Blessings on your preaching and teaching! May you find joy in the journey, experience miracles in life’s moments, and take delight in holding loosely to all boundless blessings and goodness of God.
How about putting a positive spin on today’s gospel lesson by singing about the kind of life Jesus was trying to show his disciples? Instead of the “Story of the Greedy Farmer” craft your own “Story of the Disciples who Dared to Really Live” or the “Story of the Life that Leaked Love Lavishly.” What if all of us determined to lean into a life well lived instead of a life well-planned-and-successfully-executed? What if we admitted that we cannot really possess anything, believing instead that everything passes through our lives, and that love and relationship are the constant threads that bind us to God’s anchoring presence?
Here are some ideas for celebrating in song. Note: The hymn numbers correspond with Evangelical Lutheran Worship (the worship book and hymnal of the Evangelical Lutheran Church in America).
Entrance Hymn: “All are Welcome” (#641), “As Saints of Old” (#695), “We Are Called” (#720), “Let Us Go Now to the Banquet” (#523)
Hymn of the Day: “God, Whose Giving Knows No Ending” (#678), “Take My Life, that I May Be” (#583 or #685); “How Small our Span of Life” (#636), “Be Thou My Vision” (#793)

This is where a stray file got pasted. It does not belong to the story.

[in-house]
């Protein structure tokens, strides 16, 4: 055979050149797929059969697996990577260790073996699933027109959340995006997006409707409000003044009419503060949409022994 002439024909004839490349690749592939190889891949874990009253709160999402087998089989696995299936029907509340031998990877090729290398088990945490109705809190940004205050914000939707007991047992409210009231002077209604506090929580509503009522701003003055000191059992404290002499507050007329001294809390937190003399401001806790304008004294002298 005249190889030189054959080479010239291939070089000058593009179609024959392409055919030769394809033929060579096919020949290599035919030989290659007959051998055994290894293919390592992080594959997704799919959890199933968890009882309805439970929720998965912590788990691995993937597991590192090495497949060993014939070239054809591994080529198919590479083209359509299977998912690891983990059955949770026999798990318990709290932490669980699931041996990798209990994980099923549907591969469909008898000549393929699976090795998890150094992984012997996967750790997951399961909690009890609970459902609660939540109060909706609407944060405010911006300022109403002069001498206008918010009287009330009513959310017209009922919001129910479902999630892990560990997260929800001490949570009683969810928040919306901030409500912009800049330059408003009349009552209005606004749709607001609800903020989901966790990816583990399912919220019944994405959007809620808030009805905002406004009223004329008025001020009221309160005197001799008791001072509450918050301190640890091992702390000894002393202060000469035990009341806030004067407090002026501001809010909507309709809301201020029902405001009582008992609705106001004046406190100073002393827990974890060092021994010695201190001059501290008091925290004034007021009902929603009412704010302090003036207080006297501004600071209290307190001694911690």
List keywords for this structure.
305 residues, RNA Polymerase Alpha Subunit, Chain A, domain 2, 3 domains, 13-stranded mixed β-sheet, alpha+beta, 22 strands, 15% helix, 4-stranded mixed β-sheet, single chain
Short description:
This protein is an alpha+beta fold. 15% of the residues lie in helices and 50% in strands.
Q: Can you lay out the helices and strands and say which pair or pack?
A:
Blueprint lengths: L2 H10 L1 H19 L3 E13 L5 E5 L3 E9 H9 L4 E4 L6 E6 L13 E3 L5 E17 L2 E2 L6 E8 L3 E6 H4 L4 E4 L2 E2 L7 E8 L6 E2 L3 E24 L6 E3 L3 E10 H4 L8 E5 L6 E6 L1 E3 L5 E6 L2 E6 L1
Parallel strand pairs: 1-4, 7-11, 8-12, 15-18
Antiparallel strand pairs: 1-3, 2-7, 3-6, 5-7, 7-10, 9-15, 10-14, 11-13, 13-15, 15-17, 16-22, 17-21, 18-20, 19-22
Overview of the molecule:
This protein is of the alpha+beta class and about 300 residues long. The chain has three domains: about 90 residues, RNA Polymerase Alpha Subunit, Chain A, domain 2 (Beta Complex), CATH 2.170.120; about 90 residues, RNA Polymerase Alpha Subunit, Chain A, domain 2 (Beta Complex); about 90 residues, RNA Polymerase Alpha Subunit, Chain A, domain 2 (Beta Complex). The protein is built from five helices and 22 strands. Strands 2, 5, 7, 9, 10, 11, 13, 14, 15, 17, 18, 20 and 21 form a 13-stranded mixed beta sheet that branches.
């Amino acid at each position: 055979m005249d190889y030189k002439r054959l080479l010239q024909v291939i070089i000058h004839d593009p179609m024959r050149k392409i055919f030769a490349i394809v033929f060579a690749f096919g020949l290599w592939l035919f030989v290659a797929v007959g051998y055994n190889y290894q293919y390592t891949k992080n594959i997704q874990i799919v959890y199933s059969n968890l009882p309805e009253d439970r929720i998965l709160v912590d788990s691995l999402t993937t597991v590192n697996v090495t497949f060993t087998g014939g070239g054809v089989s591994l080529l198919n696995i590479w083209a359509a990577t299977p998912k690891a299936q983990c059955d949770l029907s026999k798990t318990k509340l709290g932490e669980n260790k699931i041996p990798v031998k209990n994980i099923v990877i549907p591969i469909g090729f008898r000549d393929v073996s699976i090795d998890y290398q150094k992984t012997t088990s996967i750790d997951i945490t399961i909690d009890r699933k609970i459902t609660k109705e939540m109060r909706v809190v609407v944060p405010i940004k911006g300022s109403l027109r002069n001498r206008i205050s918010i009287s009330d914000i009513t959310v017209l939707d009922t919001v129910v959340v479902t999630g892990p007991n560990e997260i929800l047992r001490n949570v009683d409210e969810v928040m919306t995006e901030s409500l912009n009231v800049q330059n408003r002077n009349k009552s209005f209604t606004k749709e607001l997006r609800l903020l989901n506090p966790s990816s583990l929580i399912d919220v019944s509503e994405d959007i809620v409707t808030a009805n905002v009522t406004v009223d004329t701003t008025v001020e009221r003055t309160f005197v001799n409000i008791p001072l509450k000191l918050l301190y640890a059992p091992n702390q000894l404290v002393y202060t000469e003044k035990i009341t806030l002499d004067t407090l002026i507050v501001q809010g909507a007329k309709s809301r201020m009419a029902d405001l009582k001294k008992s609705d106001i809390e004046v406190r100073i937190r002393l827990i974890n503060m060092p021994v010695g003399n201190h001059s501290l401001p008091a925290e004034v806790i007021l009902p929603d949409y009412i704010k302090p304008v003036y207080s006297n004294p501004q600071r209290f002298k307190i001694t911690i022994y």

Sending Hymn: “To Be Your Presence” (#546) “Let Us Talents and Tongues Employ” (#674), “Christ, Be Our Light” (#715), “The Lord Now Sends Us Forth” (#538)
Could you fit your life in a backpack? Could you live with just 100 things?
Take a look at these articles and then share what you find of value with the youth:
“How to Live with Just 100 Things” in Time Magazine, June 5, 2008
“A Conversation” on Dave Bruno’s website (pay particular attention to Eileen’s story about her father)
How does the trend toward minimalism and our desire for real relationship speak to this week’s gospel lesson? Could you (would you) pare your possessions down to 100 things? What would you have trouble leaving behind? Invite the youth to really think about this? You might even give them a pre-printed 100 item list to fill in, but only do that if you’re willing to participate yourself. Come back together and discuss whether this was a difficult or simple challenge and why? What does this say about discipleship? What challenges do we face in our culture?
This lesson illustrates visually how some things change and yet stay the same. Even though we may attempt to collect the latest and best of a technology or tool, change is bound to happen. The best thing we can do is find what is good and worth sharing in relationship.
For as long as humankind has existed, we have been singing and playing music. The Psalms are an ancient hymnal, and the Bible references many instruments. Let’s take a look at how the way we play and enjoy music has changed over the years.
Bring out some of the following ways to play music: a vinyl record, an 8-track tape, a cassette, a CD, and an iPod. Very few people still have working 8-track players. Vinyl is enjoying somewhat of a revival. CDs have given way to digital music. Even though the delivery medium continues to change, music is always with us in some form. Jesus is trying to tell his disciples not to worry about “stuff” but rather to enjoy the music of life–to really live each moment.
Consider ending with the song “This is the Day (that the Lord has Made)” and a short prayer giving thanks for each precious moment of life and people with whom to share it.